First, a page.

Suicide Prevention is Everyone’s Business. This is the most important message we can relay to Veterans, friends, family members, loved ones, VA staff and all of those in the community.

There are many programs in the Minneapolis VA that partner with communities to provide information and educate the public on how they can recognize the signs of a suicidal crisis. Part of engaging in community outreach is to also provide materials that include the Veterans Crisis Line phone number.

These can also include resources and contact information for specific programs developed to assist Veterans with improving their mental health.

Crisis Line phone number on outreach items

When we go into the community for an event or specific training, we always make sure to bring “swag” with the Veterans Crisis Line number that the Veteran or their loved one can use.

“Swag” are items such as tote bags, key chains, pop sockets, flashlights, stress balls, bandanas, etc. Often, we never know how these are being used or if they are helpful. Recently, while talking to one very proud Iraq War Veteran, we heard one positive story.

We were prepared to ask him the regular questions: “Are you enrolled in VA health care?” or “What branch of the military did you serve?”

Before we could get those questions out, he shared the story of how a Veteran’s Crisis Line bandana saved his battle buddy’s life.

The Veteran was with his dog, Frankie, at a local park one morning when he received a phone call from a battle buddy who was in his same unit in Iraq. The friend was not doing well and was talking about how he didn’t know if he could continue with life and that there was no point to living anymore.

Remembered bandana on his dog

The Veteran recognized these comments as signs of a suicidal crisis. He spent 30 minutes on the phone with his friend and tried to help him. He didn’t know what else to do, since his friend lived in a different state and the Veteran didn’t know any local resources to help friend.

The Veteran then remembered that the bandana he picked up at a previous outreach event was on his dog and this bandana had the Veterans Crisis Line phone number on it. The Veteran was able to give his battle buddy the direct phone number to the Veterans Crisis Line and made him promise that he would call once they were done talking.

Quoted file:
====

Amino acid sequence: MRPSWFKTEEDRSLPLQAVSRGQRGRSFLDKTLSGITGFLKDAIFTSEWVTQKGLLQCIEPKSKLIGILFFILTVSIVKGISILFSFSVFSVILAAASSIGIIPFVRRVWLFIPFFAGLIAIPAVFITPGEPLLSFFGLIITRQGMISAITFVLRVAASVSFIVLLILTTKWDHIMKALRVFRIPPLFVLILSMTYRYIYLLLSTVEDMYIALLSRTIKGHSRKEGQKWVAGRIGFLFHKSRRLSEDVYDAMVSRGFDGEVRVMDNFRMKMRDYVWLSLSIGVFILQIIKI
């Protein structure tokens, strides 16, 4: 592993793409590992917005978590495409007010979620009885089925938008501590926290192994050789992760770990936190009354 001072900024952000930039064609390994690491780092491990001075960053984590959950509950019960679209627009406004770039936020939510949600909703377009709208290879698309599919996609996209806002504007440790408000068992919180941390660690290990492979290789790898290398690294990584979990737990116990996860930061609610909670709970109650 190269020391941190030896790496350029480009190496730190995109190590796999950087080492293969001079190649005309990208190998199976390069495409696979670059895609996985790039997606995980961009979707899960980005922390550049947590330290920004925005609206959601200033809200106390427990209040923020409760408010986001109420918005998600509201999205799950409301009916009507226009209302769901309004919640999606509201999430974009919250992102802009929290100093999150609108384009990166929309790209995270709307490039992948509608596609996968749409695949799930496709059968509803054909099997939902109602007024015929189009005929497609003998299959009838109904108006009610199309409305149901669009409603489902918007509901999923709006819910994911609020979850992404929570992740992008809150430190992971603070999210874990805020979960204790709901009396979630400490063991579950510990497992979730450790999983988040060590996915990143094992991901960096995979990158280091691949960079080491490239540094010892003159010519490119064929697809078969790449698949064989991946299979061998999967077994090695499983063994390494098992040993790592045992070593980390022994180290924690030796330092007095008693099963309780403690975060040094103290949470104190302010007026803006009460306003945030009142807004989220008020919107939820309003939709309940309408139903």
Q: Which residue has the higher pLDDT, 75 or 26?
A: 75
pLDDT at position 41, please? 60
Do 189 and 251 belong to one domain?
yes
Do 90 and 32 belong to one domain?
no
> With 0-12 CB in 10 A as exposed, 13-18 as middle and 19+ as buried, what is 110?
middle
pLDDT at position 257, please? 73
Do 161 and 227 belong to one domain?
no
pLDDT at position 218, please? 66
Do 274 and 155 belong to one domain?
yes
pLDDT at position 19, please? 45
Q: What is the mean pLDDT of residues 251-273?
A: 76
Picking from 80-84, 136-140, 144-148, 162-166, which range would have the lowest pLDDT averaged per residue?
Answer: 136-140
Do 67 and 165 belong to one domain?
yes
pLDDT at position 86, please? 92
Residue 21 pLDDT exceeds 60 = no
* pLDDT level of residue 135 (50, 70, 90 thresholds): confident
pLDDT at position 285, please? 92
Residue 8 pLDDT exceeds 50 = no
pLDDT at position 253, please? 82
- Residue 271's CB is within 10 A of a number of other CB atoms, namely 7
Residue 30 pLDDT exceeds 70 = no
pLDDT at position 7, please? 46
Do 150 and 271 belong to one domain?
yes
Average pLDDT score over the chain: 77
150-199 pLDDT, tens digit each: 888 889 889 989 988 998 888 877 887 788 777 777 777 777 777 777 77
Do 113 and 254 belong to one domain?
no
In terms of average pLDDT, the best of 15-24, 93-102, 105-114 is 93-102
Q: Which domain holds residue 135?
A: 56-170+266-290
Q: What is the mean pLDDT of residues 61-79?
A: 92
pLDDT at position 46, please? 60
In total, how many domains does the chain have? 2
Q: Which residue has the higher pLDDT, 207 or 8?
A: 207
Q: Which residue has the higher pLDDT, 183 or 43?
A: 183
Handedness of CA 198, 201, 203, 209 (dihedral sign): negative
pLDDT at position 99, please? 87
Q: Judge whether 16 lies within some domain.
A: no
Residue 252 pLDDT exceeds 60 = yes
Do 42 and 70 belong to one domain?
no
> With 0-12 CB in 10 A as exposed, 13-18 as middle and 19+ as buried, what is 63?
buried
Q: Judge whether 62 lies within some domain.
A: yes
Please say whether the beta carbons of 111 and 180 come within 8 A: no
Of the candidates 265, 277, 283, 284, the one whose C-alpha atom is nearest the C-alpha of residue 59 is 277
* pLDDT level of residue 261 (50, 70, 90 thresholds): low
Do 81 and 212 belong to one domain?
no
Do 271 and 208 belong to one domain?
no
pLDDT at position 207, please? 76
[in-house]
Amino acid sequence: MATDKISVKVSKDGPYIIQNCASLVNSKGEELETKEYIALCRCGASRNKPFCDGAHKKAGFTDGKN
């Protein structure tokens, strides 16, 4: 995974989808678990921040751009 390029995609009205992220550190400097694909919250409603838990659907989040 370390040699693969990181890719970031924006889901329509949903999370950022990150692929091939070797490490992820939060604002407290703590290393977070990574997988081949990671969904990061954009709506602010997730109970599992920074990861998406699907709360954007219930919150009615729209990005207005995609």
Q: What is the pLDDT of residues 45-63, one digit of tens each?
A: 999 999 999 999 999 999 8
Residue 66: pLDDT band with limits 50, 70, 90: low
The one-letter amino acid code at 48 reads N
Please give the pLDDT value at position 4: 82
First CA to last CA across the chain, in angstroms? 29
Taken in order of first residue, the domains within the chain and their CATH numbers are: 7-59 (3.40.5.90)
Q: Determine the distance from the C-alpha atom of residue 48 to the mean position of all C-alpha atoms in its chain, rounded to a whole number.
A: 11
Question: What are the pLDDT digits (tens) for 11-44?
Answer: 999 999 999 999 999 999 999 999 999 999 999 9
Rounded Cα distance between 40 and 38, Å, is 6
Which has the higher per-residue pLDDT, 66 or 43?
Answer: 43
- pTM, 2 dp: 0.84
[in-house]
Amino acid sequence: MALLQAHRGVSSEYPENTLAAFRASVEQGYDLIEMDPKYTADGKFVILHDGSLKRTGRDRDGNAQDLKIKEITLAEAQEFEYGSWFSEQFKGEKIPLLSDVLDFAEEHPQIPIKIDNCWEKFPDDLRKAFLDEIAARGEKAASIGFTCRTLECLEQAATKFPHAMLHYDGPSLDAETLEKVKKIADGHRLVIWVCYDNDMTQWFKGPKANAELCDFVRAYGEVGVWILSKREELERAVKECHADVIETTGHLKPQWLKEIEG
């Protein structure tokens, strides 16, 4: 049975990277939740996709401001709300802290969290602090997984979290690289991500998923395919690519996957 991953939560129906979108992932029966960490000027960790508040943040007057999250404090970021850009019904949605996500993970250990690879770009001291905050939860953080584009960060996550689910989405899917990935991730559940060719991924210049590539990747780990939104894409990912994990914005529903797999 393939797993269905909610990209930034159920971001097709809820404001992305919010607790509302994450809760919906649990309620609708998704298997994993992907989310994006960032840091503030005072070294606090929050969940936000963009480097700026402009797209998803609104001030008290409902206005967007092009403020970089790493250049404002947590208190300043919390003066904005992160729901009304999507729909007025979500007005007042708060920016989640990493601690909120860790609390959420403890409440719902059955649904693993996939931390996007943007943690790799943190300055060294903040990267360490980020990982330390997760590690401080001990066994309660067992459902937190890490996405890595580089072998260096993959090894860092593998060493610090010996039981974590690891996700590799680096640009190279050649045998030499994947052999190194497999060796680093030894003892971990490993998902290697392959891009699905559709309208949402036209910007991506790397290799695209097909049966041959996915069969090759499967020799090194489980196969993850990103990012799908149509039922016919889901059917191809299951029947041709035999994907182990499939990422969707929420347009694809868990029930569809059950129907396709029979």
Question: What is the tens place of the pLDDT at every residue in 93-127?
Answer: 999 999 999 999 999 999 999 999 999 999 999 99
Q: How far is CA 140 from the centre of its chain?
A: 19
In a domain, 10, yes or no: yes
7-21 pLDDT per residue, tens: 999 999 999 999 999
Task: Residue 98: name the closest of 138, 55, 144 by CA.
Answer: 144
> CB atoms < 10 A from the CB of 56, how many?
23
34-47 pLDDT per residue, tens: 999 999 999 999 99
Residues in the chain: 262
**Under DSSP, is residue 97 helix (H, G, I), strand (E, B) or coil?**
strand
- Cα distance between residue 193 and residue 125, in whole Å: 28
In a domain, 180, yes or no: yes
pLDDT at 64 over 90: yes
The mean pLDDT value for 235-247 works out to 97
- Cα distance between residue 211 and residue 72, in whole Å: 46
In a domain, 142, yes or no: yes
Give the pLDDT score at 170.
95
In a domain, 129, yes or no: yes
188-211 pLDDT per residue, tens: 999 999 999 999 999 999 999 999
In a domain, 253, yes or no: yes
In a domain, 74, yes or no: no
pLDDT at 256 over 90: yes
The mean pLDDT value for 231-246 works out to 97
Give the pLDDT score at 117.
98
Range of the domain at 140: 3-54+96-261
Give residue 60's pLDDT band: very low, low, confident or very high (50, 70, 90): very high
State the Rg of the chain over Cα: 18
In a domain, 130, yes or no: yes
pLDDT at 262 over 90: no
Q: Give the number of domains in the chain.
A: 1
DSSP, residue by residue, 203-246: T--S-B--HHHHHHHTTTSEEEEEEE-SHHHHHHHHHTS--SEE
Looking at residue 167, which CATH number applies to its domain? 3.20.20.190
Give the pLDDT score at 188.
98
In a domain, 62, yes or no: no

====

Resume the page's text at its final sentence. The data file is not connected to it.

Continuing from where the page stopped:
He explained that his battle buddy did in fact call the Veterans Crisis Line and was able to get help at his local VA Medical Center. The bandana on his dog saved his friend’s life and he thanked us at VA for doing outreach to get this message in the hands of Veterans so they can help other Veterans.

*The goodest girl in the photo with this blog post belongs to a member of the Public Affairs team. Her name is Frankie, and she is a Red Fox Lab. She volunteered for the photo to help tell the story.

By Eric Wittenberg is an Army Veteran and the Minneapolis VA Suicide Prevention coordinator

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Published on Feb. 13, 2022

Estimated reading time is 2.6 min.

Views to date: 1,272


  1. David February 18, 2022 at 11:36 am

    Have the number, where do I get a bandana?

  2. Yep it's Me February 17, 2022 at 11:38 pm

    WOW! I’ve called it myself on different occasions when I was having hallucinations, manic, depressed, and suicidal. Although I see doctors and take medicine regularly for my mental illnesses, that doesn’t make me 100% symptom free, and the crisis line was there for me after dr. hours were closed. They let me know “YOU ARE NOT ALONE” and “THERE IS HOPE FOR YOU.” Those statements are More Powerful than Any med. :)

  3. Francisco Licon February 17, 2022 at 8:43 pm

    Wonderful story. People we are unaware of need just a nodge sometimes, to help them take the next step. Yes we should always be on the lookout for our friends that might be in a like, situation.

  4. Deanna Sinclair-Parker February 17, 2022 at 6:03 pm

    Fantastic report! When my service dog was just 1.5 years old, he saved my life when I was suicidal!! My husband and I had been outside cutting and stacking wood all morning. I told my husband I needed to go in and get a quick snack, and some water. When I got into the kitchen I ‘lost it’. To this day, I still don’t know what triggered it?? I ended up curled up in the corner, bawling incessantly, with those terrible thoughts that creep in. My service dog was in my face, licking away my tears, practically sitting on me. His front paws on my shoulders, snuggling as close as he could get. He stayed so close to me until I calmed down and my suicidal thoughts stopped. I have to say; calling anyone at that moment-wasn’t even in my thought pattern. It was having my service dog there that made a difference that day. The next day, I told my trainer, she told me that I HAD to call the VA and talk with my caregivers, which I did. I was seen within an hour! I’ve not had an incident since.
    I needed to tell my story. The reason is to point out that when you are in THAT state of mind, the many options we are given for ‘help’, don’t necessarily run through your mind. Thanks!

  5. Laura Lou Marbut February 14, 2022 at 8:53 pm

    What an awesome, uplifting story. Well done, VA.

Comments are closed.

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